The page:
LEXINGTON, Ky. (LEX 18) – While more affordable housing is being built in Lexington, some people are still trying to navigate the process of finding an affordable place to live right now.
Pamela Morel says she has been trying to find accommodation using her Section 8 housing choice voucher in Winchester since August.
“There is absolutely nothing to rent in Winchester – no three bedrooms,” Morel said.
With the Housing Choice Voucher, people who qualify and meet certain conditions can choose to have some or all of their rent paid by the federal government.
However, for months Morel says she has had bad luck trying to use her voucher in Winchester to move her family of five to a three-bedroom house they can afford. She says she also had no luck trying to transfer her voucher to use at Lexington. She struggles to understand why.
“Nobody has answers,” Morel said. “If you have a wearability question about anything, no one has the answers. They’ll give you a cut and blow dry as well – well, you have to fill out those papers.”
Shay Lamarr of the Fair Housing Council says he has heard of and tried to help several frustrated tenants navigate the scheme.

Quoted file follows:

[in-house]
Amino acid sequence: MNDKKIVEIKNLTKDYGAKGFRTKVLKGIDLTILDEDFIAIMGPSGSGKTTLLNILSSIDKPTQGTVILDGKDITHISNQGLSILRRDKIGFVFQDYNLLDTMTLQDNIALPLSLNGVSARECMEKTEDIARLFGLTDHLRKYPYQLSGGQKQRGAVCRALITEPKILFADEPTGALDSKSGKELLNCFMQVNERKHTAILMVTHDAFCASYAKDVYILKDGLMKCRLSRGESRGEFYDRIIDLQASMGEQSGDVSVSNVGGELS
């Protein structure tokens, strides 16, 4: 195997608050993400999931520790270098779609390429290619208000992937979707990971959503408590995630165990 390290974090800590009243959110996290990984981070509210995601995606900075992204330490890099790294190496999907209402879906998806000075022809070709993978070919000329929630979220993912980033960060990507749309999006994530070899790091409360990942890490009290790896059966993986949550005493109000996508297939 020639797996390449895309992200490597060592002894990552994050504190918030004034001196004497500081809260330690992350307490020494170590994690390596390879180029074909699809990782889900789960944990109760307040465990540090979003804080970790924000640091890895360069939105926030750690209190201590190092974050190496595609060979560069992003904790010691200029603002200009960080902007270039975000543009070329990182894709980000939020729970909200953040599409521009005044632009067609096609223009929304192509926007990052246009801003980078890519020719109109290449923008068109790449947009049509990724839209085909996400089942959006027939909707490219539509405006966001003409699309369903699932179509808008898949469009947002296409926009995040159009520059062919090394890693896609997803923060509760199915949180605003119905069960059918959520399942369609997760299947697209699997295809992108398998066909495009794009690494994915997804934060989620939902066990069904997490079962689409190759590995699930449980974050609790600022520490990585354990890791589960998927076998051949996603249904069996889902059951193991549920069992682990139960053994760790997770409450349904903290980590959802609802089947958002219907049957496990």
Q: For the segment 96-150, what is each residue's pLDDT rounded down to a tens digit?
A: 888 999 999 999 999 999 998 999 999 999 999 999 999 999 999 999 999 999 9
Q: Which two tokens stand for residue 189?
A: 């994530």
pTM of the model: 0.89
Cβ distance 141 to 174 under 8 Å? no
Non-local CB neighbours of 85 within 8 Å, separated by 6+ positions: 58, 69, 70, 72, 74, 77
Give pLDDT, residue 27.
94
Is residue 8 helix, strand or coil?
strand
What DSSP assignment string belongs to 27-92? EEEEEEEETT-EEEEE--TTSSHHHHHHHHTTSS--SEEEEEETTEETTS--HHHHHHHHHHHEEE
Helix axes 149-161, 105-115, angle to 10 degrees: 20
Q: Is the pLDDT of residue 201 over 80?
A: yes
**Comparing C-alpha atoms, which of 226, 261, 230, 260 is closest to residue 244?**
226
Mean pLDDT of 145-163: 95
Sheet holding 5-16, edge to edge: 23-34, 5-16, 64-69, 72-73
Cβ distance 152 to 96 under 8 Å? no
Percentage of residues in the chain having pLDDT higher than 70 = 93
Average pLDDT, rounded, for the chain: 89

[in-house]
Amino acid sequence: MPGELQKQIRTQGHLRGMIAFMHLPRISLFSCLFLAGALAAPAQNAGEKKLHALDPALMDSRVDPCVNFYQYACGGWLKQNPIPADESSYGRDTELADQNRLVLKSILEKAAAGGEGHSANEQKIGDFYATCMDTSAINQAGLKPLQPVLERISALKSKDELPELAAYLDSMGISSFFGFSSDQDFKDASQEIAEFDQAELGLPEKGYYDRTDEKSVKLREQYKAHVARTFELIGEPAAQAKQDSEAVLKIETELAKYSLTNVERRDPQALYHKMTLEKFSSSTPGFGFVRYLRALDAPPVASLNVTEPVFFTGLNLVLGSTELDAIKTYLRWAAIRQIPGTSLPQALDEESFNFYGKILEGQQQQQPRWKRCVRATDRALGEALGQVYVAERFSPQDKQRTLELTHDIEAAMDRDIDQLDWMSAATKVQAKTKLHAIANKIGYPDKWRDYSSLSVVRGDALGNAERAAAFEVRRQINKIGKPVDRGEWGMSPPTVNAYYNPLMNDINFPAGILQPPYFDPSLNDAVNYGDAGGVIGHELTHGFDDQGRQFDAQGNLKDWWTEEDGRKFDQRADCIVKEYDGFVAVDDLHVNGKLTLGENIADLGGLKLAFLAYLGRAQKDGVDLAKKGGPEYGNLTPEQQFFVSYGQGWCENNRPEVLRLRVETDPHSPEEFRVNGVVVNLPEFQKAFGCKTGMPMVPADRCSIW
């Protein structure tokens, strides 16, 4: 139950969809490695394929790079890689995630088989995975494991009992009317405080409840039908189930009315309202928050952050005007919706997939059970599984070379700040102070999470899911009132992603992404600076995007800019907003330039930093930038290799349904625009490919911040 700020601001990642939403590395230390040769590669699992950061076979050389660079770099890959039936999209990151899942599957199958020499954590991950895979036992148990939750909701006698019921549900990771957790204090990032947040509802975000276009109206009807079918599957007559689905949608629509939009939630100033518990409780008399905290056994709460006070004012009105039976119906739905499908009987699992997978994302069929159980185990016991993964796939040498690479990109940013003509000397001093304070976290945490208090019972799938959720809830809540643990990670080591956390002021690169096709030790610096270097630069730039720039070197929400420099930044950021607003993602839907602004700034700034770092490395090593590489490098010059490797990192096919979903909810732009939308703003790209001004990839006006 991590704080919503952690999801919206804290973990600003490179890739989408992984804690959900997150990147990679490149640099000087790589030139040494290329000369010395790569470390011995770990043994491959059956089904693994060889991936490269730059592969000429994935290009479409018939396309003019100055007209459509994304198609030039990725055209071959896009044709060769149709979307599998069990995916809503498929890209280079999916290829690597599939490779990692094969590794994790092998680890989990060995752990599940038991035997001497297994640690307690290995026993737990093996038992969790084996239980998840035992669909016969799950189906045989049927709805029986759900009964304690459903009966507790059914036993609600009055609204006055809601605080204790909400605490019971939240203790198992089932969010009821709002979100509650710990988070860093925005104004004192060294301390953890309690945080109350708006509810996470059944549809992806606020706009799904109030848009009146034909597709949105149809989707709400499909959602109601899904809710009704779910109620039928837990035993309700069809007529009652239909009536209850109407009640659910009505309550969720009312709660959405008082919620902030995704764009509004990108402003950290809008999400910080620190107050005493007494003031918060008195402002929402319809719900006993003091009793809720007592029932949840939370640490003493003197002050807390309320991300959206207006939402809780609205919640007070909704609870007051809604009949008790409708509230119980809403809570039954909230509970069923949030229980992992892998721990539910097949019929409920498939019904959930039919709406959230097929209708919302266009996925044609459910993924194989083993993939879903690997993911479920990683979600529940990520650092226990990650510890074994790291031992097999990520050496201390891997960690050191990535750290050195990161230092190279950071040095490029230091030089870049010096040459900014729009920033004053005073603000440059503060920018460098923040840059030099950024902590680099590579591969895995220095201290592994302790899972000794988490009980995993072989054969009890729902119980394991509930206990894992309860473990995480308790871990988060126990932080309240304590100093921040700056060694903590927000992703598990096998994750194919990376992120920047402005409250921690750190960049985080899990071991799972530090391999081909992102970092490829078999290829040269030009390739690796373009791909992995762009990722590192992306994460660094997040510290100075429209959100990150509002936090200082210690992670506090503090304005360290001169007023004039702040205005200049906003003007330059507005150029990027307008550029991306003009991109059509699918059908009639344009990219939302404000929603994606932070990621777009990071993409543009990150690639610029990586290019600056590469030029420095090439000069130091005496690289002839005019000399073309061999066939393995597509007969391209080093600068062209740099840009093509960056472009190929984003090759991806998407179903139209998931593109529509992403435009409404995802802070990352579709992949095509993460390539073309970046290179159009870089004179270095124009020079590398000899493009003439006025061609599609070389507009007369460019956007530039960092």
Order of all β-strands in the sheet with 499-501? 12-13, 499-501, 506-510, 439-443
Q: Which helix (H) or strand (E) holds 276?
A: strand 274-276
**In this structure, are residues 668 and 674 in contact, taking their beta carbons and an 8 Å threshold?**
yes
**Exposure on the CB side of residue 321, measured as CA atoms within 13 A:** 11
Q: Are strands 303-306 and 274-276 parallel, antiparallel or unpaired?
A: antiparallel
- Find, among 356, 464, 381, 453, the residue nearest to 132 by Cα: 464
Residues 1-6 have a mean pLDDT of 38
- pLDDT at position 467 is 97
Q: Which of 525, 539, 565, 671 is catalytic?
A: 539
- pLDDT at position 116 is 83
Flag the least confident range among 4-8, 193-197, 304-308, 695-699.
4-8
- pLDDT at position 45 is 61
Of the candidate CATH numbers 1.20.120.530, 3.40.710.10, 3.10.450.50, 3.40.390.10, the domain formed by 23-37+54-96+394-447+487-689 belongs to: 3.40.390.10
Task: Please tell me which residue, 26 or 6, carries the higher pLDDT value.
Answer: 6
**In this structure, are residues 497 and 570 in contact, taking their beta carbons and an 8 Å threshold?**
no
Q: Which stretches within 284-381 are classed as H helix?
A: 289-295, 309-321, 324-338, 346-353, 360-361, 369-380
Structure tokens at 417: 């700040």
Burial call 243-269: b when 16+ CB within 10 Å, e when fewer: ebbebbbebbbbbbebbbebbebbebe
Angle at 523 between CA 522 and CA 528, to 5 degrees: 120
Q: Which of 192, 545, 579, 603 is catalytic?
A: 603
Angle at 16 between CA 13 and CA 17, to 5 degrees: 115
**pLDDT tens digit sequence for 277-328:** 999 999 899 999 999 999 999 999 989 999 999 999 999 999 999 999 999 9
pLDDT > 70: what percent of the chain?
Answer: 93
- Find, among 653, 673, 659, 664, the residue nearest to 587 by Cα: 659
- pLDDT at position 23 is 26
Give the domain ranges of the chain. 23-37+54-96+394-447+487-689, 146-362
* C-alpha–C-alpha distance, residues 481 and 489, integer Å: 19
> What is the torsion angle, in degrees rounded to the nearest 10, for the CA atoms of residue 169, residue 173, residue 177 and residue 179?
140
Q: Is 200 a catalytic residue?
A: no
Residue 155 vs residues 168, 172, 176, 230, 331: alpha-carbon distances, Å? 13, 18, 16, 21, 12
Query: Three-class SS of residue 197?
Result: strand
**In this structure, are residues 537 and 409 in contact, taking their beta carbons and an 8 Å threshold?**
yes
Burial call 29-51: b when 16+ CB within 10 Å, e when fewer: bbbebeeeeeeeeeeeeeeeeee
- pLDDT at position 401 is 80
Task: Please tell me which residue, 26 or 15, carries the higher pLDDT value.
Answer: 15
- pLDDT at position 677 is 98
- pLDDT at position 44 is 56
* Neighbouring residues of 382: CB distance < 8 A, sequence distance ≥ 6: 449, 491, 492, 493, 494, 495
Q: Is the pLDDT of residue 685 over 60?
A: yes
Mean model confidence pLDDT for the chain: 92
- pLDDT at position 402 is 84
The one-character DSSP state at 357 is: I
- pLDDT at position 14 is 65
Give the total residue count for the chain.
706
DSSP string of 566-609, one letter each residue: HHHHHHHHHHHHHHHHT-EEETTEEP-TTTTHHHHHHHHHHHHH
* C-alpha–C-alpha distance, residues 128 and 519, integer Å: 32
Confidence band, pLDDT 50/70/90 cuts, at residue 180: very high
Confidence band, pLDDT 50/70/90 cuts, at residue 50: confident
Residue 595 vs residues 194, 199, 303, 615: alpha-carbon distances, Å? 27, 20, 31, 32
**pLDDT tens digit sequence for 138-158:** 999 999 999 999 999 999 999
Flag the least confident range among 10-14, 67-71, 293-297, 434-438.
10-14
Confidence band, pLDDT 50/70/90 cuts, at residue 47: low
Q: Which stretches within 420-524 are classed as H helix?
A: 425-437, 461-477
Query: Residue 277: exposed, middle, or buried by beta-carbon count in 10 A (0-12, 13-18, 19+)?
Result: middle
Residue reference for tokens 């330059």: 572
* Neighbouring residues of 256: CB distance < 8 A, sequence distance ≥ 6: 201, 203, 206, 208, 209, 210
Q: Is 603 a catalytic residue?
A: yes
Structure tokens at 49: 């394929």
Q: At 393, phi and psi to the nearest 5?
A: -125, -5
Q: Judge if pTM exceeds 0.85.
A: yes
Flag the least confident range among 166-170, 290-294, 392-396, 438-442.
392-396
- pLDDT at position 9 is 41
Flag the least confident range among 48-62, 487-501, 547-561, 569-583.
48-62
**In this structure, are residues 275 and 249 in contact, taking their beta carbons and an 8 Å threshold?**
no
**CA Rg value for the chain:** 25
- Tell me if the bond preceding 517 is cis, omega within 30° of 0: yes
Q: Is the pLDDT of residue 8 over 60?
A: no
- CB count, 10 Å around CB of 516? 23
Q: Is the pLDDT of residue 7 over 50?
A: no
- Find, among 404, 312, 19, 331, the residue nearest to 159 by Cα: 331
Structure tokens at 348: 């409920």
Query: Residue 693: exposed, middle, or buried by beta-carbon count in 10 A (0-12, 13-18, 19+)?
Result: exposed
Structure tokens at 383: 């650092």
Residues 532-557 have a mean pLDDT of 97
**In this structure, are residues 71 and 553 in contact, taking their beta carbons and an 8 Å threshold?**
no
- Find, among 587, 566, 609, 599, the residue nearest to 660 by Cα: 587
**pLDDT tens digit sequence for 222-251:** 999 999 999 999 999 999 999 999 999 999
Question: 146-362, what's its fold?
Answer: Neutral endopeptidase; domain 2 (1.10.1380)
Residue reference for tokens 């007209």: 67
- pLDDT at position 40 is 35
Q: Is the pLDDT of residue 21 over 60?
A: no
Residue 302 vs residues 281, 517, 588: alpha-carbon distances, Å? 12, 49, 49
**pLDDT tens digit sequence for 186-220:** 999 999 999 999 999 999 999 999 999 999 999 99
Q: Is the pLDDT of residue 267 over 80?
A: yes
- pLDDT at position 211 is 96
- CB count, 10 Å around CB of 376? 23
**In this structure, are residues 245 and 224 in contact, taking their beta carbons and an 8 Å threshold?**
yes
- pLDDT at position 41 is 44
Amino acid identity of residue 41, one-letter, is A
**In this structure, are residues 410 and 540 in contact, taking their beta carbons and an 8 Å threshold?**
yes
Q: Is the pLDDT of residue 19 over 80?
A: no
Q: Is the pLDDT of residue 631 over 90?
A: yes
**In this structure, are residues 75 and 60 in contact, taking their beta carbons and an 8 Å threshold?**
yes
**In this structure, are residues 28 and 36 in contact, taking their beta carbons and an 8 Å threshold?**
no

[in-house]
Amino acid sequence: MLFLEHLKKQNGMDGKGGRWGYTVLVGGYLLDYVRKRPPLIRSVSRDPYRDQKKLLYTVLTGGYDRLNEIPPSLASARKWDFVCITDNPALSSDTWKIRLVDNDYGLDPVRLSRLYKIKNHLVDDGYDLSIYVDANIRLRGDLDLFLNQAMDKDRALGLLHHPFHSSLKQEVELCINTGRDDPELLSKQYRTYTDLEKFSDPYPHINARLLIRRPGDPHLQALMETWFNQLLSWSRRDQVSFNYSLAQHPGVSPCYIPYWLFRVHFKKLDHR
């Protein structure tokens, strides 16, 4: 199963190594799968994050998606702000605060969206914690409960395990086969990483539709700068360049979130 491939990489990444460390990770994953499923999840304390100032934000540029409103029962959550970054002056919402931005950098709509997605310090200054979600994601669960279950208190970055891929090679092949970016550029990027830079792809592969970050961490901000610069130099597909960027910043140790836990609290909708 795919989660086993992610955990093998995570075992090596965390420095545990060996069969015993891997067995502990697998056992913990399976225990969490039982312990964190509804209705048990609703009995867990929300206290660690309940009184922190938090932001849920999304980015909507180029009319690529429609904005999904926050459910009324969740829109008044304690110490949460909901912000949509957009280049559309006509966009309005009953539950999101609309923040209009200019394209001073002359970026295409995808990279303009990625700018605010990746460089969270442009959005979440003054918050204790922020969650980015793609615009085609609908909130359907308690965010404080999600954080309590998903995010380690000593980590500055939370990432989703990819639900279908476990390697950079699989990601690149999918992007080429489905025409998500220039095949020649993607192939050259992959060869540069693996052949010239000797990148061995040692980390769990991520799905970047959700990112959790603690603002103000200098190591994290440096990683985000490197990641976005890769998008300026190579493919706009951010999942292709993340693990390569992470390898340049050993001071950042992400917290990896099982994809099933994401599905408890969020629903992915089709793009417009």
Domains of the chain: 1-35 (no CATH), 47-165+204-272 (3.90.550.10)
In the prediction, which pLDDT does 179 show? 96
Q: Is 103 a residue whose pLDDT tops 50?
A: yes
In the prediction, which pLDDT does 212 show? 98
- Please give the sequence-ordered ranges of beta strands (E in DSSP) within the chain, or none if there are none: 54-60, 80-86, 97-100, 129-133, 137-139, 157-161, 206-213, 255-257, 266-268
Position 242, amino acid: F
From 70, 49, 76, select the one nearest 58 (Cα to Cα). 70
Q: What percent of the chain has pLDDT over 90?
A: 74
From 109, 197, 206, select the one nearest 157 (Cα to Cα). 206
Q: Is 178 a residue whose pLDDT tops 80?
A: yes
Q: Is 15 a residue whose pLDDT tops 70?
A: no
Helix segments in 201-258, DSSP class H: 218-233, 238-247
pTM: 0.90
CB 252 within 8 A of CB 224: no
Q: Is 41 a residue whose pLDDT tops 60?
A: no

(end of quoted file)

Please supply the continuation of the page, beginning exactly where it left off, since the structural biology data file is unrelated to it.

“We get calls every day about people. Can you help me? I can’t find a place that will accept my voucher. The owner turned me down,” Lamarr said. “There is indeed a serious problem with the availability of accommodation for people using Section 8 coupons.”
Morel is currently in the portability process to expand its options from Winchester to Lexington. Lamarr says the process can take time.
“It’s not just the issue of transferring vouchers, although that’s a huge barrier for people. There is also the question of the timestamp on the vouchers. The time people have to use them is limited and the process to get them extended is very difficult,” Lamarr said.
Morel’s timestamp is coming to an end. After filing for an extension, she has until April 30 to find a unit before her voucher expires. If this happens, she will have to join a waiting list.
Lexington program director Aldean Pleasant says the federal program works like a choice for renters. They may choose to wait out the process and do the work to find an owner willing to work with them. Some choose to find other housing options instead.
“It’s called the Housing Choice Voucher and that’s what we tell our customers, you know, it’s a choice. Good choice of accommodation. So it’s your choice if they find their own unit. You know, they decide, can they pay the utilities or do they want a landlord to pay the utilities. All of those things are negotiable with the owner,” Pleasant said.
Pleasant says there are about 3,500 people in the program with good assets and most of their participants don’t experience any problems with their system.
At present, Pleasant says there is a closed waiting list of 800 people that the Lexington Housing Authority is working on. They were able to move 30-40 people a month with an average wait time of a few months.